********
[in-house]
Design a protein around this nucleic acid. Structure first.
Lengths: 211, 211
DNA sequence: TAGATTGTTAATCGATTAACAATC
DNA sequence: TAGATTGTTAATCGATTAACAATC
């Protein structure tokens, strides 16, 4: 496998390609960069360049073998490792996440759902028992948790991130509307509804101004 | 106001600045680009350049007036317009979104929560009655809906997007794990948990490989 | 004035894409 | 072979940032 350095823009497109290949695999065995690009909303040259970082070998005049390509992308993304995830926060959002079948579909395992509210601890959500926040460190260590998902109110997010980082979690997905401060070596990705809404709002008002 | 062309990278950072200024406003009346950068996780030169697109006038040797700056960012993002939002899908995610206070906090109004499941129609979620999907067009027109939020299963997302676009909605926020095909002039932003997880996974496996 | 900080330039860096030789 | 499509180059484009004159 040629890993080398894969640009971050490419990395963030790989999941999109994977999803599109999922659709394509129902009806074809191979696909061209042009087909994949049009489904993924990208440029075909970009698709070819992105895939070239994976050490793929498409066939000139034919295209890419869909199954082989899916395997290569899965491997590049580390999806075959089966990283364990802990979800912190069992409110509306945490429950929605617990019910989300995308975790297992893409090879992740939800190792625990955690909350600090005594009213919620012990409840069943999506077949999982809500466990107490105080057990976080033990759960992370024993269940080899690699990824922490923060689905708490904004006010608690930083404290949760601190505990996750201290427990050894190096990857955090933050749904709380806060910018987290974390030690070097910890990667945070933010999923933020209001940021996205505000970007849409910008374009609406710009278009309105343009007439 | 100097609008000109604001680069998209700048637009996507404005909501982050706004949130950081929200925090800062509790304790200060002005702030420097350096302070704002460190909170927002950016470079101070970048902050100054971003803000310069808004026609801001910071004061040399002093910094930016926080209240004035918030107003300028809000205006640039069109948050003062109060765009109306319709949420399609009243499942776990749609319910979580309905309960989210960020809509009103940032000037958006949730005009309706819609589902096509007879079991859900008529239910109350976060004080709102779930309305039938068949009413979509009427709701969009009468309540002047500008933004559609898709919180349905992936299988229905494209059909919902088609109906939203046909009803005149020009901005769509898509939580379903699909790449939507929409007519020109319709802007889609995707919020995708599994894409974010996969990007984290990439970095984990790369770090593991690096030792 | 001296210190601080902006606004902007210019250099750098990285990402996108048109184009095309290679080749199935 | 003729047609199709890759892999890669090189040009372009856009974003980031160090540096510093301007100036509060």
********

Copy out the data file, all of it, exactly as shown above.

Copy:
[in-house]
Design a protein around this nucleic acid. Structure first.
Lengths: 211, 211
DNA sequence: TAGATTGTTAATCGATTAACAATC
DNA sequence: TAGATTGTTAATCGATTAACAATC
């Protein structure tokens, strides 16, 4: 496998390609960069360049073998490792996440759902028992948790991130509307509804101004 | 106001600045680009350049007036317009979104929560009655809906997007794990948990490989 | 004035894409 | 072979940032 350095823009497109290949695999065995690009909303040259970082070998005049390509992308993304995830926060959002079948579909395992509210601890959500926040460190260590998902109110997010980082979690997905401060070596990705809404709002008002 | 062309990278950072200024406003009346950068996780030169697109006038040797700056960012993002939002899908995610206070906090109004499941129609979620999907067009027109939020299963997302676009909605926020095909002039932003997880996974496996 | 900080330039860096030789 | 499509180059484009004159 040629890993080398894969640009971050490419990395963030790989999941999109994977999803599109999922659709394509129902009806074809191979696909061209042009087909994949049009489904993924990208440029075909970009698709070819992105895939070239994976050490793929498409066939000139034919295209890419869909199954082989899916395997290569899965491997590049580390999806075959089966990283364990802990979800912190069992409110509306945490429950929605617990019910989300995308975790297992893409090879992740939800190792625990955690909350600090005594009213919620012990409840069943999506077949999982809500466990107490105080057990976080033990759960992370024993269940080899690699990824922490923060689905708490904004006010608690930083404290949760601190505990996750201290427990050894190096990857955090933050749904709380806060910018987290974390030690070097910890990667945070933010999923933020209001940021996205505000970007849409910008374009609406710009278009309105343009007439 | 100097609008000109604001680069998209700048637009996507404005909501982050706004949130950081929200925090800062509790304790200060002005702030420097350096302070704002460190909170927002950016470079101070970048902050100054971003803000310069808004026609801001910071004061040399002093910094930016926080209240004035918030107003300028809000205006640039069109948050003062109060765009109306319709949420399609009243499942776990749609319910979580309905309960989210960020809509009103940032000037958006949730005009309706819609589902096509007879079991859900008529239910109350976060004080709102779930309305039938068949009413979509009427709701969009009468309540002047500008933004559609898709919180349905992936299988229905494209059909919902088609109906939203046909009803005149020009901005769509898509939580379903699909790449939507929409007519020109319709802007889609995707919020995708599994894409974010996969990007984290990439970095984990790369770090593991690096030792 | 001296210190601080902006606004902007210019250099750098990285990402996108048109184009095309290679080749199935 | 003729047609199709890759892999890669090189040009372009856009974003980031160090540096510093301007100036509060």